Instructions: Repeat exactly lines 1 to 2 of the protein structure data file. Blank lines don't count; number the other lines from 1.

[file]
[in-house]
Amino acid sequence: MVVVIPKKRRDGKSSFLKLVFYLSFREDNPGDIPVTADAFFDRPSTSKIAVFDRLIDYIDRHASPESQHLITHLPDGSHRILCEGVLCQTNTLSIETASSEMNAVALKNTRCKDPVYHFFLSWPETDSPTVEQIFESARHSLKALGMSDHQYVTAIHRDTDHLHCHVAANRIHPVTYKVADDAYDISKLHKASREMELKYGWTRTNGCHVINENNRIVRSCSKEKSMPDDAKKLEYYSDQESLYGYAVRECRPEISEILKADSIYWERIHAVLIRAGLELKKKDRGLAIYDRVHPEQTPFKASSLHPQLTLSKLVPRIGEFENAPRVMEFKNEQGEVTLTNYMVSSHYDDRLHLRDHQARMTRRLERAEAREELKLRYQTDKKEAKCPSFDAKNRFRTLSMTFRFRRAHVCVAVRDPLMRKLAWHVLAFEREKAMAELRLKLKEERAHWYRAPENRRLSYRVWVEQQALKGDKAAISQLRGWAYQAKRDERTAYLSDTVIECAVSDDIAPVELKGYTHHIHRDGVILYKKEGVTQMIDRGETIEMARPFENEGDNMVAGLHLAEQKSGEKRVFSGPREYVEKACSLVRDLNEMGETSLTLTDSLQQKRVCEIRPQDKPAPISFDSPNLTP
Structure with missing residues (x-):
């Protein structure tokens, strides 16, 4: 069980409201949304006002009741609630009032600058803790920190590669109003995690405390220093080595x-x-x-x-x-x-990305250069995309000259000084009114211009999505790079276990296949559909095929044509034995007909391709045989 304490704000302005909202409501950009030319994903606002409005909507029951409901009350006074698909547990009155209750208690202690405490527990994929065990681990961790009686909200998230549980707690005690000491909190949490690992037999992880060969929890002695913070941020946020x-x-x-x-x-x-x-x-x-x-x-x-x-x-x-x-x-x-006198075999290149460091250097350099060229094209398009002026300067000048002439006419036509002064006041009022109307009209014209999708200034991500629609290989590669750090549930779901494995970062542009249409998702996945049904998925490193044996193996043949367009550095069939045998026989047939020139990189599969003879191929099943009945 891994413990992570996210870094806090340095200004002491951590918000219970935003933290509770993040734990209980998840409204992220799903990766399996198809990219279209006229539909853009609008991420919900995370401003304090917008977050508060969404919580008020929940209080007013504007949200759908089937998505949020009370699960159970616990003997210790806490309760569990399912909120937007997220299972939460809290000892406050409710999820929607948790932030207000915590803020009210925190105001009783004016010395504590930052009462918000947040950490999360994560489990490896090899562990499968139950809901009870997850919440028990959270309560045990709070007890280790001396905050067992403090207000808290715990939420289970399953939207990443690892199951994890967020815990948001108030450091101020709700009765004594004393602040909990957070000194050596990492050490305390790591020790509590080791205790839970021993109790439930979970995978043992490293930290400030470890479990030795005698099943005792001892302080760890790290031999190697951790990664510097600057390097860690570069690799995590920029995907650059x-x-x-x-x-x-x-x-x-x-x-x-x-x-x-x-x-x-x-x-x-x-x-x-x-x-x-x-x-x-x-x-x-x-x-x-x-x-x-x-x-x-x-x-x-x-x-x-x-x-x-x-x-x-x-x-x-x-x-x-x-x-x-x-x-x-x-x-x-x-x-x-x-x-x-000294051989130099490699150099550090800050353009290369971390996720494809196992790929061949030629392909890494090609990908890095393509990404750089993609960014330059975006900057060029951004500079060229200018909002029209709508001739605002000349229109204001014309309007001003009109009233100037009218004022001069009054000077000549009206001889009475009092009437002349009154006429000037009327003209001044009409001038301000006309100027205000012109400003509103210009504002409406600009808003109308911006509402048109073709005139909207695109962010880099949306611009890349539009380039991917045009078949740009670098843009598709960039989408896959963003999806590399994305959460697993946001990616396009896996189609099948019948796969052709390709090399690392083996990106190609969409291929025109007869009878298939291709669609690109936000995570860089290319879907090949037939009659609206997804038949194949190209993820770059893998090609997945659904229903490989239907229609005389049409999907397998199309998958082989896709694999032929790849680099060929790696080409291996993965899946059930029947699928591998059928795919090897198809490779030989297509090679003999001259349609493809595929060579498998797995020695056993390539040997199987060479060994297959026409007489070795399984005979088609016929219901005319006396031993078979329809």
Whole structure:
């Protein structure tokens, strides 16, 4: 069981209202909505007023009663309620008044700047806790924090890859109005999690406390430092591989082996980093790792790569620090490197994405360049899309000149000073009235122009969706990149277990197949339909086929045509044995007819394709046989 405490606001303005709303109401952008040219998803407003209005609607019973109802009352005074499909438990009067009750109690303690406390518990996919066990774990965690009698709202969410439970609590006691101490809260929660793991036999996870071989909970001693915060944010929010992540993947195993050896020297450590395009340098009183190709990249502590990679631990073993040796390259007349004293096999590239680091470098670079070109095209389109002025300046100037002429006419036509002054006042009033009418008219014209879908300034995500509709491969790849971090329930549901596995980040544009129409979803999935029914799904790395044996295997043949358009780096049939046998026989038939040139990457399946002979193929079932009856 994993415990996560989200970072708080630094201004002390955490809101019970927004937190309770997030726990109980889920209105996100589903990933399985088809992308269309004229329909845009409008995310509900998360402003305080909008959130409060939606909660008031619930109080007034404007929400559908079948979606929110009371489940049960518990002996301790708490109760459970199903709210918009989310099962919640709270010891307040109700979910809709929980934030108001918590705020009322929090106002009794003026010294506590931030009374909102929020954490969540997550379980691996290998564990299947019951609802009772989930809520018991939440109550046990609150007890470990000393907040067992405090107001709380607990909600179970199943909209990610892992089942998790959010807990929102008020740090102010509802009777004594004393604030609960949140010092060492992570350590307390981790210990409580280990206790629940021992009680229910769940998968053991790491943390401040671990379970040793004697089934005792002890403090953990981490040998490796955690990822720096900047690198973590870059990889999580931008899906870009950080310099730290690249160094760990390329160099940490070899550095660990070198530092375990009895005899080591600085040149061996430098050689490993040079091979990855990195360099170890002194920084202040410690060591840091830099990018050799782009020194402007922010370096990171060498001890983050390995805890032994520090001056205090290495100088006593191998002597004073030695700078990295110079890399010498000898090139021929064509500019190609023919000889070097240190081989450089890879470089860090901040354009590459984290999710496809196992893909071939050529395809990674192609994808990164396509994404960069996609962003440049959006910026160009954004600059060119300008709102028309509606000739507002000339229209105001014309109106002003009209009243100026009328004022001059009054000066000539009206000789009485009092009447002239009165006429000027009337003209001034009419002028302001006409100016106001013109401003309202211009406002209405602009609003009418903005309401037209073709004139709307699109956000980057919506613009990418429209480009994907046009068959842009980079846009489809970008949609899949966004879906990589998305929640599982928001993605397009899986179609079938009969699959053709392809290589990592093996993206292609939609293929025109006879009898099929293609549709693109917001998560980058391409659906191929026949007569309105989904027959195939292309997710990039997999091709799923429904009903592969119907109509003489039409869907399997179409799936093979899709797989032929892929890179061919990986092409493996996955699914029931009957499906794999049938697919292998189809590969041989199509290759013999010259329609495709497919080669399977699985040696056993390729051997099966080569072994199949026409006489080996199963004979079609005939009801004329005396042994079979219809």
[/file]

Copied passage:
[in-house]
Amino acid sequence: MVVVIPKKRRDGKSSFLKLVFYLSFREDNPGDIPVTADAFFDRPSTSKIAVFDRLIDYIDRHASPESQHLITHLPDGSHRILCEGVLCQTNTLSIETASSEMNAVALKNTRCKDPVYHFFLSWPETDSPTVEQIFESARHSLKALGMSDHQYVTAIHRDTDHLHCHVAANRIHPVTYKVADDAYDISKLHKASREMELKYGWTRTNGCHVINENNRIVRSCSKEKSMPDDAKKLEYYSDQESLYGYAVRECRPEISEILKADSIYWERIHAVLIRAGLELKKKDRGLAIYDRVHPEQTPFKASSLHPQLTLSKLVPRIGEFENAPRVMEFKNEQGEVTLTNYMVSSHYDDRLHLRDHQARMTRRLERAEAREELKLRYQTDKKEAKCPSFDAKNRFRTLSMTFRFRRAHVCVAVRDPLMRKLAWHVLAFEREKAMAELRLKLKEERAHWYRAPENRRLSYRVWVEQQALKGDKAAISQLRGWAYQAKRDERTAYLSDTVIECAVSDDIAPVELKGYTHHIHRDGVILYKKEGVTQMIDRGETIEMARPFENEGDNMVAGLHLAEQKSGEKRVFSGPREYVEKACSLVRDLNEMGETSLTLTDSLQQKRVCEIRPQDKPAPISFDSPNLTP